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|Mary Ellen Fairbairn (nee McNamara) 1881-1955 by Ann Rackstraw|
Introduction; Chart: Ancestors and Descendants of Mary Ellen Fairbairn (nee McNamara); Research methodology
Mary Ellen (nee McNamara) Fairbairn was the daughter of James and Bridget (nee Keane) McNamara and the granddaughter of John and Bridget (nee Hart) McNamara and Laurence and Catherine (nee Keane) Keane.
Mary Ellen is remembered with great affection by her grandchildren as a small feisty lady who, in her later life, loved to play Housie (Bingo) and travelled into the city of Melbourne to play Euchre, where she wore an eyeshade and looked like a professional gambler. Although living in small, single fronted houses, Mary Ellen always found a place in her home for various family members when they were in need.
Mary Ellen had survived a tragic childhood, in March 1888, when she was seven, the family moved from the Paris Creek area in SA to Round Hill near Broken Hill NSW. Between August and October of that year the oldest daughter, Kate, became ill and died after four weeks, baby Bridget was born, possibly premature, certainly sickly, and the oldest son, Laurence was injured in an accident and died two weeks later. The mental health of their mother, Bridget, deteriorated, and the family later returned to Adelaide where their father was hospitalized with lead poisoning on 22 June 1890. James then returned to Broken Hill to work, leaving Bridget and the children in Adelaide. On 2 October 1890 their mother was admitted to Adelaide Asylum, and the children were taken in by their uncle, Thomas McNamara, brother of James.
On 12 March 1891, by a Magistrates order, the four surviving children were sentenced to one year in the Magill Industrial School, a State Government children’s home, as destitute children, this sentence was extended a number of times over the years. The children were placed with various families, several placements failed owing to reports of ill-treatment or a decision that a particular person was an unfit guardian.
Mary Ellen finally gained her freedom at age 19, on 5 Sept 1900, at first she worked as a domestic in South Australia, then travelled to Western Australia where she met and married Henry Hunter Fairbairn on 5 Dec 1906.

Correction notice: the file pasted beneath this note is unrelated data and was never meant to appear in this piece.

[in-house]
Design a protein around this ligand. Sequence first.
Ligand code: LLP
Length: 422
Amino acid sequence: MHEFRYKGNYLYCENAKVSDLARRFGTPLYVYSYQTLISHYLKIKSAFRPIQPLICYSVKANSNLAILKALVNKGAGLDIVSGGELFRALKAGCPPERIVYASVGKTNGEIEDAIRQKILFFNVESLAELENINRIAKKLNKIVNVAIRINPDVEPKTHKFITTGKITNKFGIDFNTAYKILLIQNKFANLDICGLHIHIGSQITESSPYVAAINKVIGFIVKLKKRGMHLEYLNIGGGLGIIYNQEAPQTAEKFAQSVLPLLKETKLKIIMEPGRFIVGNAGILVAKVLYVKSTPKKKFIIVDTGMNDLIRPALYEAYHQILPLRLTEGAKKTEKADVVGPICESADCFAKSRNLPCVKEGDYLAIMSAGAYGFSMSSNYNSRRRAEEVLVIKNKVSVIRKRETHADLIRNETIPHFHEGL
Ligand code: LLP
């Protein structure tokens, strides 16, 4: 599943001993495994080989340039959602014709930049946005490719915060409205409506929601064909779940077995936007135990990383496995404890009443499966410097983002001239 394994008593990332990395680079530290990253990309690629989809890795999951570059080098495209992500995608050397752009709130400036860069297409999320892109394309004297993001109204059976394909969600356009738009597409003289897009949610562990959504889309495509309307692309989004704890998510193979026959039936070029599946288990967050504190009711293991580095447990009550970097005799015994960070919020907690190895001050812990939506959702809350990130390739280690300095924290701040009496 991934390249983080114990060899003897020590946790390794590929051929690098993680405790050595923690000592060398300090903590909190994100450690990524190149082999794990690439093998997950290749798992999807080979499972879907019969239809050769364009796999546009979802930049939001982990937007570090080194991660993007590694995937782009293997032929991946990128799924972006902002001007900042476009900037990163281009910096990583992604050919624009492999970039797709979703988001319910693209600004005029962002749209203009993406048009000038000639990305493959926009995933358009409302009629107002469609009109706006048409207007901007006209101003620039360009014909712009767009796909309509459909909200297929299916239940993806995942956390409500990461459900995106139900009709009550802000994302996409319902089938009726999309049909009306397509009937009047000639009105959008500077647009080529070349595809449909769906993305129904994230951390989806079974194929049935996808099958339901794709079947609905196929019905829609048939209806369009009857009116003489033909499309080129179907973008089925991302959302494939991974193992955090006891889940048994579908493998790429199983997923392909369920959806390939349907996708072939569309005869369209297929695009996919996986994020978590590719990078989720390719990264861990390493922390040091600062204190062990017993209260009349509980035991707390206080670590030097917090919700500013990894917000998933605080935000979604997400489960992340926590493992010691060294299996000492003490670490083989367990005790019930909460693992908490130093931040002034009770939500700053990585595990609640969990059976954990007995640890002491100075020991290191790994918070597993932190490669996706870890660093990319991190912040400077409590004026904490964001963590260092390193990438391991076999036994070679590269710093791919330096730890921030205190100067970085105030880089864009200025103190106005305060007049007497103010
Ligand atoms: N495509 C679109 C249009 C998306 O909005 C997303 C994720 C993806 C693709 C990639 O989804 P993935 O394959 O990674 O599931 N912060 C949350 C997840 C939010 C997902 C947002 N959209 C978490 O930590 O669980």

Mary Ellen was buried in an unmarked grave in Coburg Cemetery with her husband Henry Hunter Fairbairn and three of their children; Annie, Henry David and Jean Mary, who all died under three years of age.
Recently a memorial was installed by John Rackstraw on behalf of all the grandchildren of Mary Ellen (nee McNamara) and Henry Hunter Fairbairn.
This report is not an effort to list all the McNamara and Keane descendants, but to tell the story of Mary Ellen, her grandparents, parents, brothers and sisters, uncles and aunts, nieces and nephews, cousins, and of her husband and their children.
Although research is not complete and new records constantly become available, this document contains the information collected to date and, hopefully, will be updated in the future. I have recorded the information as accurately as possible. In a few instances where I have made assumptions, these are based on all the information gathered, and the application of logic. If you are aware of any errors please contact me and I will make any necessary corrections in the next edition.
The information has been extracted from records and indexes to records, which are currently available to the public. All Australian states publish indexes to Births, Deaths and Marriages; allthough they vary in date range, they restrict the years available for privacy reasons. For instance, South Australia has published indexes for births to 1928, marriages to 1937 and deaths to 1972; I have supplemented these records by using various cemetery and military records and electoral rolls available on Ancestry.com.
Because of the expense, I have limited the purchase of birth, death and marriage certificates. Where I have been unable to locate birth records, I have estimated the date and place of birth using marriage records, where available, which contain information provided by the person during their life. Unfortunately it is sometimes necessary to calculate the birth place and date using death records; but this is the least reliable method.
Because of limited information published on indexes, I have been unable to find records of some individuals who may have moved to another state or, in one case, immigrated to the UK.
The information contained in both certificates and indexes may contain errors or inconsistencies. Some parties providing information for registrations were illiterate, therefore the person recording the information wrote down what they heard, and this was complicated in some cases by the informant speaking with a strong Irish brogue. Also indexes are prepared by people, however dedicated and skilled, who have to interpret unfamiliar names and spelling, appalling handwriting and faded ink.
Where there is a variation in the personal name e.g. Ann/Anne/Annie, I have recorded the name as it appear in the birth record or the earliest found record and list the other name/s as variations.
All measurements quoted are Imperial Measurements and all currency quoted is in Sterling; Pounds, shillings and pence.